Charles Schulz described it as "probably the most beautifully drawn strip in the history of the business." Arriola received the National Cartoonist Society's Humor Comic Strip Award in 1957 and 1965. Although not overtly political, Gordo was one of the first pop culture works that raised environmentalist concerns; the last Gordo strip was published on March 2, 1985. While working on Gordo Arriola lived in La Jolla, Phoenix and Carmel-by-the-Sea, where he ran a shop selling Mexican arts and artifacts from 1961 to 1963. Arriola met his wife, Mary Frances, at MGM in 1939, they remained married until his death. He died in Carmel on 2 February 2008. Shortly before his death he received a lifetime achievement award from the Arts Council for Monterey, California, he had suffered from Parkinson's disease. On February 20, 2008, the comic strip Baldo noted, "In memory of our amigo Gus Arriola, 1917-2008." The March 21, 2008, version of the comic strip La Cucaracha, by Lalo Alcaraz, was a tribute to Arriola.

1957 and 1965 – National Cartoonists Society Humor Comic Strip Award 2007 – Arts Council for Monterey, California Lifetime Achievement Award Sam Klemke's video interview with Gus Arriola NCS Awards Gus Arriola Interview Obituary in the Monterey Herald

Reverend King (Nigerian pastor)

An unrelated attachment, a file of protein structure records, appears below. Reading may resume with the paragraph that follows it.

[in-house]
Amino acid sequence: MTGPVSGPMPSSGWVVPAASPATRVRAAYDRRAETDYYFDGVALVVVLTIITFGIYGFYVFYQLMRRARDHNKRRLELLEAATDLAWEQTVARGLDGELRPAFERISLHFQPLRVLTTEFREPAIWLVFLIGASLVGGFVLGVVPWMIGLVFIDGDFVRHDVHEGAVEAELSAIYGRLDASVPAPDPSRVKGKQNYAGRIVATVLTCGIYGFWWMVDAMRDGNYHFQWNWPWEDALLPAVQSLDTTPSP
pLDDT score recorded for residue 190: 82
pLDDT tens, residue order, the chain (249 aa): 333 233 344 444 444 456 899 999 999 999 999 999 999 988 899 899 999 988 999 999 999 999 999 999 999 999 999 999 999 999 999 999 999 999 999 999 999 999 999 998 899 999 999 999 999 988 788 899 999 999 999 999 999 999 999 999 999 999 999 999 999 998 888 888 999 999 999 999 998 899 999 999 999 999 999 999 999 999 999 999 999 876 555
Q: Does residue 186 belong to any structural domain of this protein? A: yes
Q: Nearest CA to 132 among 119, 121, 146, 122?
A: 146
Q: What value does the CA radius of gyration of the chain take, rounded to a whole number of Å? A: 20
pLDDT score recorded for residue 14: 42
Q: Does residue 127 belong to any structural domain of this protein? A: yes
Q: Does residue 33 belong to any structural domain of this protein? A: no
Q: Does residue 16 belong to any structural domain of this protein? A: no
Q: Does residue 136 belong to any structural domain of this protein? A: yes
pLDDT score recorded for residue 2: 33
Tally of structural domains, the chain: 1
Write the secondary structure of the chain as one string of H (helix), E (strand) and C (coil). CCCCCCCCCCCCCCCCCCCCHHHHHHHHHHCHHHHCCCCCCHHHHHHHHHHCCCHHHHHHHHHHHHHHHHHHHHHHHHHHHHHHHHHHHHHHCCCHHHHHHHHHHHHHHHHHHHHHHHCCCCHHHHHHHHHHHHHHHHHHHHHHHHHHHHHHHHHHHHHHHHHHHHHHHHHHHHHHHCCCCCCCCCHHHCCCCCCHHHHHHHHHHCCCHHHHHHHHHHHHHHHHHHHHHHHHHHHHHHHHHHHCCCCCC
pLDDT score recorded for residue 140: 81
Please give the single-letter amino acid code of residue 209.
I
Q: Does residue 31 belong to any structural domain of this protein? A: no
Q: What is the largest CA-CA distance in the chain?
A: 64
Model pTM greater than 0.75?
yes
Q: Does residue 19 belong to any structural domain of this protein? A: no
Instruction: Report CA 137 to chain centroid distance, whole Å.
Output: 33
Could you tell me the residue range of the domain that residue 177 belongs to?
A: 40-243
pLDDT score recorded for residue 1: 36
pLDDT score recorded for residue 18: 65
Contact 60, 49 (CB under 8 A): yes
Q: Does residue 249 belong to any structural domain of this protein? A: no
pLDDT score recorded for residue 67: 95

Chukwuemeka Ezeugo known by his sobriquet Reverend King, is a Christian preacher from Anambra State, South-east Nigeria. In 2006, he rose to nationwide recognition following the murder of Ann Uzoh, he was subsequently sentenced to death in January 2007, his conviction was upheld by the Supreme Court of Nigeria on 26 February 2016. Ezeugo was born in Umulekwe village in the Achina community of the Aguata local government area, Anambra State, Nigeria, he attended Premier Primary school, for his basic education, he obtained a degree in Psychology at the Nnamdi Azikiwe University. Ezeugo is the founder of the Christian Praying Assembly, a religious organization for which he served as the general overseer until September 2006. On 26 September 2016, Ezeugo was arraigned before the Lagos High Court on 6 charges of murder and attempted murder, he was arrested and charged to court due to the murder of Ann Uzo, one of his members, to which he pled'not guilty', as she was said to have died as a result of Ezeugo setting her on fire, with eye witnesses saying he did it because he caught the victim in the act of fornication.